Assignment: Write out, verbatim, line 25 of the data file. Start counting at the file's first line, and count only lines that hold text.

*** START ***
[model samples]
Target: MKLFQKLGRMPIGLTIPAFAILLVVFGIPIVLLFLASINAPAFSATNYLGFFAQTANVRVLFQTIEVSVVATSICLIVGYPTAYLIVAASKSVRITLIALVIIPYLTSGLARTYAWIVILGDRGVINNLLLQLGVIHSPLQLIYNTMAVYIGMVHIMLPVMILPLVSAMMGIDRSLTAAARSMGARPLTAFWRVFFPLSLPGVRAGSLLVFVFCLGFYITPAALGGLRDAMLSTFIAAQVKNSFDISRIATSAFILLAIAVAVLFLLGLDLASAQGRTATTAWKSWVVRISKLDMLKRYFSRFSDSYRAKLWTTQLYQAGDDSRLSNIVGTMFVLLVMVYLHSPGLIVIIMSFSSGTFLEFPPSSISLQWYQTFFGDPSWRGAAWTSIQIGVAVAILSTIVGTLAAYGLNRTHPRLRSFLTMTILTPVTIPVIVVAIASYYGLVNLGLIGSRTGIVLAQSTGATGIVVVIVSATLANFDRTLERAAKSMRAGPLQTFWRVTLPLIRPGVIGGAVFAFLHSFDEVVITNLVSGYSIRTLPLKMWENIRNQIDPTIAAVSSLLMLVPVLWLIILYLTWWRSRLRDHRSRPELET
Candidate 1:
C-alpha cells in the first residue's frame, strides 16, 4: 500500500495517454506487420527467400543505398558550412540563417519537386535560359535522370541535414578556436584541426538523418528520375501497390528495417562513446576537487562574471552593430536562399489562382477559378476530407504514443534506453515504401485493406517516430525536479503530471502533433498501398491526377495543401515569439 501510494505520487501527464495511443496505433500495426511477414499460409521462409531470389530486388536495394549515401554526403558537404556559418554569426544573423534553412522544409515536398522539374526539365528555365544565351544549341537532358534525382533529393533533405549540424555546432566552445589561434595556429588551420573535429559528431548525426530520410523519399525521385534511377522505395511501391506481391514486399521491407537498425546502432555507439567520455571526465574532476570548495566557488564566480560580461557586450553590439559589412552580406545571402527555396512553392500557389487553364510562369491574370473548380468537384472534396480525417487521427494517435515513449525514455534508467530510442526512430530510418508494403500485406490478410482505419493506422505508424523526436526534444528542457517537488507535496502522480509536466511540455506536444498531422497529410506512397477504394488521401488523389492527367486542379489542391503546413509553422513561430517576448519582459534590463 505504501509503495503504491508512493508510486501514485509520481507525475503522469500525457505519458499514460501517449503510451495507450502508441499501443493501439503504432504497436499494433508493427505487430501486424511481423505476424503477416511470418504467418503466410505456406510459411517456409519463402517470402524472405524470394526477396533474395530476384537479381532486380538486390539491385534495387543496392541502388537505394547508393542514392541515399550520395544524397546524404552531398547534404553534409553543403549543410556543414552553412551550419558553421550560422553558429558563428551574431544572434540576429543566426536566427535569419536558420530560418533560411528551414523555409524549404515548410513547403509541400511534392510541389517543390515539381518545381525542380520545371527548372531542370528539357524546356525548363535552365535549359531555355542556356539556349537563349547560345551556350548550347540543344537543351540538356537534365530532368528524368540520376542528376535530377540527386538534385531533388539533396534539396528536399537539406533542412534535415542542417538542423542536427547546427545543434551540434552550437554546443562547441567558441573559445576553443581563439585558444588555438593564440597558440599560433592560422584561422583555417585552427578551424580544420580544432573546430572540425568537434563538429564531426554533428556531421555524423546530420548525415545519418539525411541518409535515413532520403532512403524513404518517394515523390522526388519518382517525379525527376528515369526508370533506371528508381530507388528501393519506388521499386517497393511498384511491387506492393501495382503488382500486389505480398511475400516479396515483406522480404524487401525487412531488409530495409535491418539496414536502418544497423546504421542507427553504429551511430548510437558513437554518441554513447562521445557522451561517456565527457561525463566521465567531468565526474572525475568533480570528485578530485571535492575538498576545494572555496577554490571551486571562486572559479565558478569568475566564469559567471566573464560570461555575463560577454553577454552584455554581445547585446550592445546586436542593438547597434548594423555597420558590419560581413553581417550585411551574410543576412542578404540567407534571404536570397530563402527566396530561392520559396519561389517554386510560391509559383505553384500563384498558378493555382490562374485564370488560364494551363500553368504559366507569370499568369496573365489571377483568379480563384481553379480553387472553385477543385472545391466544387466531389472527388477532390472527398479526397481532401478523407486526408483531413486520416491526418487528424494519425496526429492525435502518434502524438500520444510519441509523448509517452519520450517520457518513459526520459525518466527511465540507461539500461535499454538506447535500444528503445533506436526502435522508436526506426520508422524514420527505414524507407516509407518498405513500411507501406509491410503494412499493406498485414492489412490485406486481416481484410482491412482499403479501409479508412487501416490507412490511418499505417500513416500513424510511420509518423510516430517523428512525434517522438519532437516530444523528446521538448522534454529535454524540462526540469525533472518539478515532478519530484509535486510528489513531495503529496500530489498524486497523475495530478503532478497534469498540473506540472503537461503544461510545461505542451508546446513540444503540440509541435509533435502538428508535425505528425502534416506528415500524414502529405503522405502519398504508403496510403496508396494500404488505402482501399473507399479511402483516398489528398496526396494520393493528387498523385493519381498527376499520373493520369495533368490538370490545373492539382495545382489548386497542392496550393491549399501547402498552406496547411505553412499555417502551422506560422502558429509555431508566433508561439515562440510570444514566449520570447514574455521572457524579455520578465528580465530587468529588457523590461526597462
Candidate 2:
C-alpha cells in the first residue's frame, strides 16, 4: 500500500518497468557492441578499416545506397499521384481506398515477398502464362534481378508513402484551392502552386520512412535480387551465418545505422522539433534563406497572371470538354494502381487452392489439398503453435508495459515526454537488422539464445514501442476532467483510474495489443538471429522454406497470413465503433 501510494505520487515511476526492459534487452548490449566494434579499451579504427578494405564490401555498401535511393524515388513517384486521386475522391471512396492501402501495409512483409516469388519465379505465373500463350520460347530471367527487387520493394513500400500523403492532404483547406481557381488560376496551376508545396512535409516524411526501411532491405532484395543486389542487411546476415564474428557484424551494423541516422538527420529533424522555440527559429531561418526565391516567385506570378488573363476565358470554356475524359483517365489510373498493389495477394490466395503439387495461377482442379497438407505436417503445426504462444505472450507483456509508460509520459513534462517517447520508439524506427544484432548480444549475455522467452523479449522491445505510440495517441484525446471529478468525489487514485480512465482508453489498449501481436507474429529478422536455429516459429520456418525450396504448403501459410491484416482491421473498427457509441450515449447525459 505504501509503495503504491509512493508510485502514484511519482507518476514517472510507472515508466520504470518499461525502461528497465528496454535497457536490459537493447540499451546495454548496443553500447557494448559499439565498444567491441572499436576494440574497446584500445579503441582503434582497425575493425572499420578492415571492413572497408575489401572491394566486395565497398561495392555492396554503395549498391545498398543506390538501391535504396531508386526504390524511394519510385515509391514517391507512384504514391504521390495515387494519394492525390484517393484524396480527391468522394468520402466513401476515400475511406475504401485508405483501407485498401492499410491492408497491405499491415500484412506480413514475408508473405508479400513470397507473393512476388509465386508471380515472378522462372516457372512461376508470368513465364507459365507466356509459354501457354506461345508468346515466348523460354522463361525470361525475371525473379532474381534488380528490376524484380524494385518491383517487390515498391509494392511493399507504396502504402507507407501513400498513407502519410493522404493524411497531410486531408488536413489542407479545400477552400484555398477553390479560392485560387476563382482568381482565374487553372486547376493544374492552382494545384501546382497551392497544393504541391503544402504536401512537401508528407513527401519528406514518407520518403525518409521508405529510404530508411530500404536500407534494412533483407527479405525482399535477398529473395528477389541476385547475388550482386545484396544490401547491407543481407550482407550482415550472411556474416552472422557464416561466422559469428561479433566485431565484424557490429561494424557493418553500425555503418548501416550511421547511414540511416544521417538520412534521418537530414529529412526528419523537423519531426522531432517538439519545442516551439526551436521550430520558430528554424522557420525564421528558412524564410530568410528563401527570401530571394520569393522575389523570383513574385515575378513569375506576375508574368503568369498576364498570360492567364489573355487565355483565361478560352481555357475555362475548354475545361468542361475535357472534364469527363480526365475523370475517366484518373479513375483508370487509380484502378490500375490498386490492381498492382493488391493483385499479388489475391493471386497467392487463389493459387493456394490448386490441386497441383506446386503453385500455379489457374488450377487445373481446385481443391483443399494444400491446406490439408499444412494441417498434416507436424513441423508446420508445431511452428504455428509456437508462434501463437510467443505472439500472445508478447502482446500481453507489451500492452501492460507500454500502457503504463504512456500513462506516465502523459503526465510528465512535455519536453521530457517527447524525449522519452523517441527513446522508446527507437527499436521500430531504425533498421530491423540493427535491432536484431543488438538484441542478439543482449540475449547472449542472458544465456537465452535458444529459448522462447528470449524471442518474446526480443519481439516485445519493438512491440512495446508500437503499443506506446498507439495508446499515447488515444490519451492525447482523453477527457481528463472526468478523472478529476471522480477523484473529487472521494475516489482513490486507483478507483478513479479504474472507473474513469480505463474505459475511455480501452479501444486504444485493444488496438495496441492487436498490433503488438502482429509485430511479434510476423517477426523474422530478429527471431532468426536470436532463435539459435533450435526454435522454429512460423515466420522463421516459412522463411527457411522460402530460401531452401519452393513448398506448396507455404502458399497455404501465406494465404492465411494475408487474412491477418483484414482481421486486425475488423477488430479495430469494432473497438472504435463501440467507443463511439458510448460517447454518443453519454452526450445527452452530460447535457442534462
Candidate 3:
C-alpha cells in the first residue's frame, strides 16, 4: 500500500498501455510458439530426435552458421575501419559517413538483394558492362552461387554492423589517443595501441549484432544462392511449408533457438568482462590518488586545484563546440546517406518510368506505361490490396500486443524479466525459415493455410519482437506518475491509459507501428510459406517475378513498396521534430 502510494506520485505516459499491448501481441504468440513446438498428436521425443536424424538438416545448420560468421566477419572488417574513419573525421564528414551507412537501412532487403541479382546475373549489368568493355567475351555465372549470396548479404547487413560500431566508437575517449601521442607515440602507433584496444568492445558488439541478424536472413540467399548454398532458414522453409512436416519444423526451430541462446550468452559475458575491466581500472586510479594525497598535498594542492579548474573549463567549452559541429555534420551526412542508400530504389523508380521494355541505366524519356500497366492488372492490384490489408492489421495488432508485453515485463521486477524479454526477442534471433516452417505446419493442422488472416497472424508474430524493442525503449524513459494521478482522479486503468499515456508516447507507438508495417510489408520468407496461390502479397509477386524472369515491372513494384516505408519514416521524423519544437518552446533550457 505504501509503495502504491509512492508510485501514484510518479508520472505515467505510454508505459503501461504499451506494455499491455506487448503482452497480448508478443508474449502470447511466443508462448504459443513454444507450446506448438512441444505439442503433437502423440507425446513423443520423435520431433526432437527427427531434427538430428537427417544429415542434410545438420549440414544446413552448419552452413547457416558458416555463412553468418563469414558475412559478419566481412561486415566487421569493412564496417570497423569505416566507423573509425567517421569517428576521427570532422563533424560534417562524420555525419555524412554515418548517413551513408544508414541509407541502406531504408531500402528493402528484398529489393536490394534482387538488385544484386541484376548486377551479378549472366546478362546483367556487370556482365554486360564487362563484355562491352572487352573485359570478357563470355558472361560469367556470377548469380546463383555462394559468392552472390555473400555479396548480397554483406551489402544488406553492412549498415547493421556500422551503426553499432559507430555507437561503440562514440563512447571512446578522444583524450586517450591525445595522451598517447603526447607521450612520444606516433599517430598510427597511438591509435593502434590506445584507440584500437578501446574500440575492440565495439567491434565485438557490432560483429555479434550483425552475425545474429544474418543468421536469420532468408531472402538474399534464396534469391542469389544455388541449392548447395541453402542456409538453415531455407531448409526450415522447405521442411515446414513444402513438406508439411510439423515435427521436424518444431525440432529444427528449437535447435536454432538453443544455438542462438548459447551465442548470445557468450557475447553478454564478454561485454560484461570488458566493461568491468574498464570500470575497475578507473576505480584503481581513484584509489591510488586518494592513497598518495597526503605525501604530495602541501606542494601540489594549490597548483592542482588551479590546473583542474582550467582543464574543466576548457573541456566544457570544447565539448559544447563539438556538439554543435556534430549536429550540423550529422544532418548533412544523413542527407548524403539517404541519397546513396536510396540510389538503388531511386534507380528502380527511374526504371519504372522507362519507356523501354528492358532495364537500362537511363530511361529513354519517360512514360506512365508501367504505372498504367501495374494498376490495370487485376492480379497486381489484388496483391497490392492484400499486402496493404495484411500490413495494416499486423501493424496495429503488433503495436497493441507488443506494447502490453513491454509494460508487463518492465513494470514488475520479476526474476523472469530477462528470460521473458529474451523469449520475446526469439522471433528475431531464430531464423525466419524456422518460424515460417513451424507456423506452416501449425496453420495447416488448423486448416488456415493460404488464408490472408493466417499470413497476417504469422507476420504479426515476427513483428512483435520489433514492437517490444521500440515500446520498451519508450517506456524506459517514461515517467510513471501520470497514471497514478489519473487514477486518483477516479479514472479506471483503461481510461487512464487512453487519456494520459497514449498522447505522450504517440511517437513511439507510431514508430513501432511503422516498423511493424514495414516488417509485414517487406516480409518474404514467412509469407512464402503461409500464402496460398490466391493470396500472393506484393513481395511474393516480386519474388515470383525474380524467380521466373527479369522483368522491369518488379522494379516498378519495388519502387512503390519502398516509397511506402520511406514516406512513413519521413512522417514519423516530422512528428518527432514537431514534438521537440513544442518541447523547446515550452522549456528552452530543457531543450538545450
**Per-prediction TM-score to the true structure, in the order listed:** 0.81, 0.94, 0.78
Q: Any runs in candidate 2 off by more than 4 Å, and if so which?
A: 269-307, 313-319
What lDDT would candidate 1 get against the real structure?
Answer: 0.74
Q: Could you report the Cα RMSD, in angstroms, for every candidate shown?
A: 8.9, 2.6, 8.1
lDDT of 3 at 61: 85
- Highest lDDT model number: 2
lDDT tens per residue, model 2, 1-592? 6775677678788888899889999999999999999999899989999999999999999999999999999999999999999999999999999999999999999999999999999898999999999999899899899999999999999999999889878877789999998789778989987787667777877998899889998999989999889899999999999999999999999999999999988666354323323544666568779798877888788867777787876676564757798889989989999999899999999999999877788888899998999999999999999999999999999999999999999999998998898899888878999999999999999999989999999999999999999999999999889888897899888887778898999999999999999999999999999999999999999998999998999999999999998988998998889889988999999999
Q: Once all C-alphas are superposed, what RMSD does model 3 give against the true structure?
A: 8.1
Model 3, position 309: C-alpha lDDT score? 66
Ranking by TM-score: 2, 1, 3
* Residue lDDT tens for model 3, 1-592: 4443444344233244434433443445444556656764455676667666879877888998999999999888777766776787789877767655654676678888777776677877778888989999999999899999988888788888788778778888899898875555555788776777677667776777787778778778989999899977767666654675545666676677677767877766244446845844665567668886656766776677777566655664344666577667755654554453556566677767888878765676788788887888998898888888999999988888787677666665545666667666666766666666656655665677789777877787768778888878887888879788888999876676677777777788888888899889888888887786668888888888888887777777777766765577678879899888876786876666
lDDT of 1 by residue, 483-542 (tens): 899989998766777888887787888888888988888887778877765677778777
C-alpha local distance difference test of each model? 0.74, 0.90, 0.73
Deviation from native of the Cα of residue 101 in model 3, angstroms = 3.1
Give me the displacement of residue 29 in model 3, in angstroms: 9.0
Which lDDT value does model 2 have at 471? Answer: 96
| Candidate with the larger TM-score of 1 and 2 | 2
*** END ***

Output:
C-alpha local distance difference test of each model? 0.74, 0.90, 0.73